'There are 1,000 unanswered questions': Trump's conflict of interest problem hasn't gone away

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Despite President Trump's promises to resolve potential conflicts of interest surrounding his business empire before taking the Oval Office, it appears there has been no movement on that front, according to a report from ProPublica released Friday.

The nonpartisan organization examined more than a dozen of Trump's businesses registered in Florida, Delaware, and New York and found that no documents showing Trump relinquished control of his empire had been filed as of the time its story was published Friday afternoon.

SEE ALSO: Russia's Putin ready to meet Trump, but preparations may take months

Officials in New York and Delaware, according to ProPublica, said documents are logged in its system as soon as they are received. In Florida, documents are logged within "a day or two" of receipt.

They were asked by ProPublica whether they received paperwork from Trump's representatives: "As of 3:15 p.m. [Friday], the officials said they have not," ProPublica reported.

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Donald Trump's first day as president
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Donald Trump's first day as president

White House Staff Secretary Rob Porter (2nd R) gives U.S. President Donald Trump, flanked by Vice President Mike Pence (L) and Chief of Staff Reince Priebus (R) the document to confirming James Mattis his Secretary of Defense, his first signing in the Oval Office in Washington, U.S. January 20, 2017.

(REUTERS/Jonathan Ernst)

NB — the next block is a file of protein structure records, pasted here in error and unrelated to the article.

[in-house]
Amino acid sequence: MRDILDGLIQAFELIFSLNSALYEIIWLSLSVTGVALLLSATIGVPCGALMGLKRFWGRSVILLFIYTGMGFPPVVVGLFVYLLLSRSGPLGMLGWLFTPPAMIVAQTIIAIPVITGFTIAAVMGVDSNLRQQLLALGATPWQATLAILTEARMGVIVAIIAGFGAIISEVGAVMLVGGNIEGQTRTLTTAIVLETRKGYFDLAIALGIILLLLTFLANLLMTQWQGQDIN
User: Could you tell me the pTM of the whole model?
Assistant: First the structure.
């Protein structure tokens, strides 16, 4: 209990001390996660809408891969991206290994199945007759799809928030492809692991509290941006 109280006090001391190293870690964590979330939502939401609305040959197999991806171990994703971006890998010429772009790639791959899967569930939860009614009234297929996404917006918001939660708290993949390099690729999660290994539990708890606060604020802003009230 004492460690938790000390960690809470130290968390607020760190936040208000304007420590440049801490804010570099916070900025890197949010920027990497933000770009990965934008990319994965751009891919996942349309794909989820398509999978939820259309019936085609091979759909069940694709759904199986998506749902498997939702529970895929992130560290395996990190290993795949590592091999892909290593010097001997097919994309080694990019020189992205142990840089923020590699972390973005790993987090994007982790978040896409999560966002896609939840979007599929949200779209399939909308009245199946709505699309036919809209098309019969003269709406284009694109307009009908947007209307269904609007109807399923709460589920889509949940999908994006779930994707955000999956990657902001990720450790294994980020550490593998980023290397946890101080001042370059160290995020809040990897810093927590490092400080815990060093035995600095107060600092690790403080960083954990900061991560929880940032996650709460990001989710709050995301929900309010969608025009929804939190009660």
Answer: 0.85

President Donald Trump turns to House Speaker Paul Ryan as he is joined by the Congressional leadership and his family as he formally signs his cabinet nominations into law, in the President's Room of the Senate, at the Capitol in Washington, D.C., U.S., January 20, 2017.

(REUTERS/J. Scott Applewhite/Pool)

US President Donald Trump formally signs his cabinet nominations into law, at the Capitol in Washington, January 20, 2017.

(REUTERS/J. Scott Applewhite/Pool)

US President Donald Trump signs an executive order as Vice President Mike Pence looks on at the White House in Washington, DC on January 20, 2017.

(JIM WATSON/AFP/Getty Images)

President Donald Trump is joined by the Congressional leadership and his family as he formally signs his cabinet nominations into law, in the President's Room of the Senate, at the Capitol in Washington, D.C., U.S., January 20, 2017.

(REUTERS/J. Scott Applewhite/Pool)

US President Donald Trump signs an executive order as Vice President Mike Pence and Chief of Staff Reince Priebus look on at the White House in Washington, DC on January 20, 2017.

(JIM WATSON/AFP/Getty Images)

President Donald Trump shakes hands with Senate Minority Leader Chuck Schumer, D-N.Y, as he is joined by the Congressional leadership and his family while he formally signs his cabinet nominations into law, at the Capitol in Washington, January 20, 2017. From left are Senate Majority Leader Mitch McConnell, R-Ky., Senate Minority Leader Chuck Schumer, D-N.Y, Sen. Roy Blunt, R-Mo., Vice President Mike Pence and his wife Karen Pence, Jared Kushner, Donald Trump Jr., and Ivanka Trump.